When the semester begins, I can tell that my students have trouble going for a few hours without checking their phones to see who’s texted them or posted on their Facebook status. In fact, I now put on my syllabus that they cannot text while class is in session. One would think this to be common sense, but in fact, if I don’t state this up front, they will try to text. Some of them have become so skilled, they can text from the inside depths of their pockets. Their desperate attempt at feeding their addictions of texting and checking Facebook status is a symptom of a much larger problem in our society.
Never before in the history of civilization, have people been able to be present in one place, while connecting somewhere else. Sitting in Jazmines Café at the University where I teach, I always notice that hardly anyone is talking. They are plugged into something that takes them somewhere else, whether they are texting, on Facebook, watching Youtube, googling information, or plugged into their Ipods. They are often completely oblivious to what’s happening around them.
If we think of one of the primary functions of the Divine Liturgy as a means to engage in a more meaningful experience that transcends the Chronos of everyday life, cyber social networking does the complete opposite. Kairos, a more personal and meaningful use of time is the Greek term used for the time spent at the Divine Liturgy. Cyber social networking then, has become the epitome of Chronos, the ordinary and the mundane use of time. It removes us from the present moment. It is a communication that involves our superficial faculties: the eyes, ears and hands, as opposed to our deeper abilities as human beings such as creativity and intuition, skills that involve not only our brains but also our hearts and souls, which we require for prayer life and worship.
And of course, the ultimate form of communication we can engage in as human beings is the Eucharist, which requires the body, the heart and the soul simultaneously.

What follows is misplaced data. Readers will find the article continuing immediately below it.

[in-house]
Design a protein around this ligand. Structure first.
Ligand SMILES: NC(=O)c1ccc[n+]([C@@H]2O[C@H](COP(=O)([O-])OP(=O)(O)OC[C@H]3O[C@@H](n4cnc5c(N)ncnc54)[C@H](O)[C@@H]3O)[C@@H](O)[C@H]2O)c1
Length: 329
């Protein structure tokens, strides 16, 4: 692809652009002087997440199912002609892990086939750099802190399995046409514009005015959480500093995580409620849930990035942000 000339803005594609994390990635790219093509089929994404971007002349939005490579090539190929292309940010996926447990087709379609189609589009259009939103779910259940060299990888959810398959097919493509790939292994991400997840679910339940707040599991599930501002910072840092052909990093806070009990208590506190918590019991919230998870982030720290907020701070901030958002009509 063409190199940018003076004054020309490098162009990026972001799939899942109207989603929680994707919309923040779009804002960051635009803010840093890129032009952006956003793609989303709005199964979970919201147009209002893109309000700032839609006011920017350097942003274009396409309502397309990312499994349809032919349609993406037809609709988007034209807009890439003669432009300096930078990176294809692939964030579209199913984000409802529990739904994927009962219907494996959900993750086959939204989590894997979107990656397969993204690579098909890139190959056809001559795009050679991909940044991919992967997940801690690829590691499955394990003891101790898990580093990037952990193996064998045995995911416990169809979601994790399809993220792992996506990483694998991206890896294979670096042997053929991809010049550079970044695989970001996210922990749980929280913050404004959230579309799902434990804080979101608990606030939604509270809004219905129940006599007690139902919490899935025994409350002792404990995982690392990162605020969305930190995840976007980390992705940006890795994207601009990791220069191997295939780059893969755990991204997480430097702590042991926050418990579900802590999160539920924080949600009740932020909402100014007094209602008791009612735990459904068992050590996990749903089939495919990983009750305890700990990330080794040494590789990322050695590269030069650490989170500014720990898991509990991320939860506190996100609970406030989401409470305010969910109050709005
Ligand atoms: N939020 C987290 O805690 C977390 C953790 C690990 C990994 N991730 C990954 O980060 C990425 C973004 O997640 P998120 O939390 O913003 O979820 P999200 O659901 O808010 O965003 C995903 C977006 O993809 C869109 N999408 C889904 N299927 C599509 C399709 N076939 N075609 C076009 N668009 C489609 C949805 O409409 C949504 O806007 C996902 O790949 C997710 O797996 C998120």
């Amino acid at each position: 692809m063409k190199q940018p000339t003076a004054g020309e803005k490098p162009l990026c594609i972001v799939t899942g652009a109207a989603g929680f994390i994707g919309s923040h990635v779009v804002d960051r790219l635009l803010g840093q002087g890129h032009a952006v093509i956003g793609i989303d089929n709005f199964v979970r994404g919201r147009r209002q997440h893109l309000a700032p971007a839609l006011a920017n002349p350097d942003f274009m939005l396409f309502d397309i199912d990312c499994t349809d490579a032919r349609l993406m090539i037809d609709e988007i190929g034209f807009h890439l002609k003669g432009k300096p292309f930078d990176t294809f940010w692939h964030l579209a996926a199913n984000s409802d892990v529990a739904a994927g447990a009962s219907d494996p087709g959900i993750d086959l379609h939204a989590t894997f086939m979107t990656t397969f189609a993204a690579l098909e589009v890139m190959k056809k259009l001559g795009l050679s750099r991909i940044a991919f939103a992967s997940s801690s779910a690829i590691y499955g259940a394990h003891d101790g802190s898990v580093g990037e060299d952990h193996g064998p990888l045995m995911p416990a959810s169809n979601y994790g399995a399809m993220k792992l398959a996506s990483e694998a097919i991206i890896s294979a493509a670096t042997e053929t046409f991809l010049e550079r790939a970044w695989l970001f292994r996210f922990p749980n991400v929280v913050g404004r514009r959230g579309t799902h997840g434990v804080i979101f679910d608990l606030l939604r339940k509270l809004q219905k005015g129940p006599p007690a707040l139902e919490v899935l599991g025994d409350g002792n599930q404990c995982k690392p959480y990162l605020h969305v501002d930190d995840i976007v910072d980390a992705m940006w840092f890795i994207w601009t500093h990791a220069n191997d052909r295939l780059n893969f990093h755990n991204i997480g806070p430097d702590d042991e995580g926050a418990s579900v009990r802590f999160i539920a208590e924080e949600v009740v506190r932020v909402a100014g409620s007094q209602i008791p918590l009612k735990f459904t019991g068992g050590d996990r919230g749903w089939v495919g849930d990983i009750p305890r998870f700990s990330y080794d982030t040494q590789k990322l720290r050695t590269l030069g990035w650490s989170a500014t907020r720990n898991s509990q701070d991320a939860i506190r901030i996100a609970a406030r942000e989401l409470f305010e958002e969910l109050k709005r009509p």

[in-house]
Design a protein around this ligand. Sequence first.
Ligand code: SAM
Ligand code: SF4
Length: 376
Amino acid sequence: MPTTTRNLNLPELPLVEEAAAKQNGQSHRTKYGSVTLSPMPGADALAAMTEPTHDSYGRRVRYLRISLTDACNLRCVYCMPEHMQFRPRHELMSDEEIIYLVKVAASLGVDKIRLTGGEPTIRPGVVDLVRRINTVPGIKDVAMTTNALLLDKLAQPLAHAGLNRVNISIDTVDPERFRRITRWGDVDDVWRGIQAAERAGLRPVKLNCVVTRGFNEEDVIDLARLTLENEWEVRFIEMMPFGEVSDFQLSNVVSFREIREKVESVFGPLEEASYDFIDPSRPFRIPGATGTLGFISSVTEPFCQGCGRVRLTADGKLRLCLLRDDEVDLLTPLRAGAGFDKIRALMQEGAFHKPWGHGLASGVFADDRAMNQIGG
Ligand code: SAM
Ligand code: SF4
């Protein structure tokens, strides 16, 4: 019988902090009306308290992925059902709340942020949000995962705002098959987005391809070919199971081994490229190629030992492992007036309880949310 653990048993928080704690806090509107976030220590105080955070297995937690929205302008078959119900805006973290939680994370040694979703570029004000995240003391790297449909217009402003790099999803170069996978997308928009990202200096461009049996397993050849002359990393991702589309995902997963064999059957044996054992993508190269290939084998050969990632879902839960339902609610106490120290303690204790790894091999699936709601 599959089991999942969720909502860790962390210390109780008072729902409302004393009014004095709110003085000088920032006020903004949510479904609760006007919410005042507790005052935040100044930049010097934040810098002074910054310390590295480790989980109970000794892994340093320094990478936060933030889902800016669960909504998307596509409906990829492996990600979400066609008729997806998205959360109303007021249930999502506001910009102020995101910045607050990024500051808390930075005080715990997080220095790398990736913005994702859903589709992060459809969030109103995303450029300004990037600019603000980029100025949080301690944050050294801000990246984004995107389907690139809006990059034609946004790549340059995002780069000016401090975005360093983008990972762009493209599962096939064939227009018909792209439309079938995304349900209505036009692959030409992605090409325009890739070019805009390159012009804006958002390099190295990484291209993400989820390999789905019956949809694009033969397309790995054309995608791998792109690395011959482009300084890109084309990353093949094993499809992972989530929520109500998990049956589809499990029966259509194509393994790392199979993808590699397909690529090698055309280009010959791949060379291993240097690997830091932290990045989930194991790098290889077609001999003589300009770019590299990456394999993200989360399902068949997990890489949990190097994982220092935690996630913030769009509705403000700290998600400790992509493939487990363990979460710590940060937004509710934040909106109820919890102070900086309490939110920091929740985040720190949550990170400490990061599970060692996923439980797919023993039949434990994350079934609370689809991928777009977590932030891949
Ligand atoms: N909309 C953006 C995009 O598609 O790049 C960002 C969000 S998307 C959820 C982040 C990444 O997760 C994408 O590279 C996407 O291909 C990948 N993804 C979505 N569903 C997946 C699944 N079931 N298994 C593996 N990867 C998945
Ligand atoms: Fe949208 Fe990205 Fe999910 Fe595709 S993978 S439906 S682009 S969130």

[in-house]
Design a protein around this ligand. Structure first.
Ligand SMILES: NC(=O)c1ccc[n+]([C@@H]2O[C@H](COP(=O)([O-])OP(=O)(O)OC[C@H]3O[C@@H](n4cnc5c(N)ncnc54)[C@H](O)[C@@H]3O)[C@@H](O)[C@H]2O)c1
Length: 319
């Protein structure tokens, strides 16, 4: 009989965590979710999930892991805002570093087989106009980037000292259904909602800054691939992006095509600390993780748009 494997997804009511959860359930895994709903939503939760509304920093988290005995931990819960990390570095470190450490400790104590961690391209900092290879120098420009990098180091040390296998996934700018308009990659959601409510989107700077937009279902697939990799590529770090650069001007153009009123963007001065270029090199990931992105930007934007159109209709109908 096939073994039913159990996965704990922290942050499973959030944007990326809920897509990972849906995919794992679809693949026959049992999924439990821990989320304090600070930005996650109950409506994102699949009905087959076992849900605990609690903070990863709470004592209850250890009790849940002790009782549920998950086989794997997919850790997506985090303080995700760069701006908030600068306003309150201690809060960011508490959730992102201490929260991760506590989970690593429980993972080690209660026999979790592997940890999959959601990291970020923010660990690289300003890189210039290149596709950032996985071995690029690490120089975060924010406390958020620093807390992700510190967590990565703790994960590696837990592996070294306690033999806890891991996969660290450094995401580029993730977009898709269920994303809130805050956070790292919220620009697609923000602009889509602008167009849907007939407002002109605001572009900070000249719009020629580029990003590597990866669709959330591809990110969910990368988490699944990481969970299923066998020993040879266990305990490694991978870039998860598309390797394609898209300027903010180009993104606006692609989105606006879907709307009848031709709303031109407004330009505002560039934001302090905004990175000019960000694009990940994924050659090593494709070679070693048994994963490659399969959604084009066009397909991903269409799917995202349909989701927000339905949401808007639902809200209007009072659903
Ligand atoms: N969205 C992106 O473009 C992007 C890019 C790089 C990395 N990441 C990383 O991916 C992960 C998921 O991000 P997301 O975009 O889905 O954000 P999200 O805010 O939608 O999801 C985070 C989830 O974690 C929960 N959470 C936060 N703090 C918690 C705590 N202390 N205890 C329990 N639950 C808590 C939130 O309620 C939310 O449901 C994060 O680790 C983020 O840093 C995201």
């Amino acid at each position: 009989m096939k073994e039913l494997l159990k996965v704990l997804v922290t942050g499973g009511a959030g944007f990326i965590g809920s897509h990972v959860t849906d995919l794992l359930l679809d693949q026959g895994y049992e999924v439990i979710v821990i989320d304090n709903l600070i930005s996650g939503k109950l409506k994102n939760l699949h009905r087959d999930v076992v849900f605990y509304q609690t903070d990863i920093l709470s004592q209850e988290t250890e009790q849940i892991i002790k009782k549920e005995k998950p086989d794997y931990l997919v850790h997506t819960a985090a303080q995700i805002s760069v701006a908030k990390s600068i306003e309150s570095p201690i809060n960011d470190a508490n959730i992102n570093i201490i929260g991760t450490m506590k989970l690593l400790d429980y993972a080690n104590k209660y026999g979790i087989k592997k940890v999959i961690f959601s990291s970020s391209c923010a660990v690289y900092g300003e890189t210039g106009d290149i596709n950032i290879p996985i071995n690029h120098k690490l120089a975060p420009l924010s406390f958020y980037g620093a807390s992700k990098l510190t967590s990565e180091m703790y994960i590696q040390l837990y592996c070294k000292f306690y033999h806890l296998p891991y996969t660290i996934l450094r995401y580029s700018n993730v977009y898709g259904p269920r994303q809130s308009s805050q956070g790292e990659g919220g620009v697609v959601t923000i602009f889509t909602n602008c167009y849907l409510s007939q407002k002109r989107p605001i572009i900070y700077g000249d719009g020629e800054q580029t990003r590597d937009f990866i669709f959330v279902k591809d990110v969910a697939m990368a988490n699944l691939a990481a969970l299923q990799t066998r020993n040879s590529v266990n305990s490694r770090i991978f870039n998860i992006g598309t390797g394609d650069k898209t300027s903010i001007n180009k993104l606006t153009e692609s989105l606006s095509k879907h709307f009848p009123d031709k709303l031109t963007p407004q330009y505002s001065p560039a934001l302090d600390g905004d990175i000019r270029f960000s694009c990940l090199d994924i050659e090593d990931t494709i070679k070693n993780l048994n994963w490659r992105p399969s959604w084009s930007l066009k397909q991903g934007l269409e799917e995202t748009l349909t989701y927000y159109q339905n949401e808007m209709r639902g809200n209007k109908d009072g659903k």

Unfortunately, the reason people are so strangely addicted to Facebook, Twitter and other forms of cyber social networking is because it gives them a sense of connection to a community. We often don’t know our neighbors or town officials and our close relatives and friends usually do not live near us. Hence, we substitute that lack of physical community with cyber community. Belonging to these cyber communities isolate us even more, since the more friends we have on Facebook or Twitter, the more time we will spend on these sites alone at home, often ignoring our spouses, parents, children and siblings. Ironically, cyber communities cause the very thing we hope to avoid.
It worries me to think of the future of prayer life and connection to not only God, but to one another, which we know as Orthodox Christians is essential to our salvation. The beauty of our faith is that our salvation very much depends on what we do in this lifetime including our relationships with others, which is exactly why church life is so important. When we participate in the Eucharist, we are not only concelebrants with God, but also with one another.
Moreover, if we are all created in the Image of God, than how can we see this image in a person’s face, or hear it in his or her voice when communicating through texting or Facebook? The answer is simple. We can’t. If we are all icons, as the church fathers tell us, then the image of that icon remains unseen through a cyber connection. Can you imagine walking into an Orthodox Church with no icons? The soul of that church would seem quite empty.
The Divine Liturgy and the liturgy after the liturgy, as St. John Chrysostom calls it, teaches us communion with God, but also with one another. It also teaches us to be in the here and now, the beautiful mystery of living in the Kairos, rather than only in the Chronos.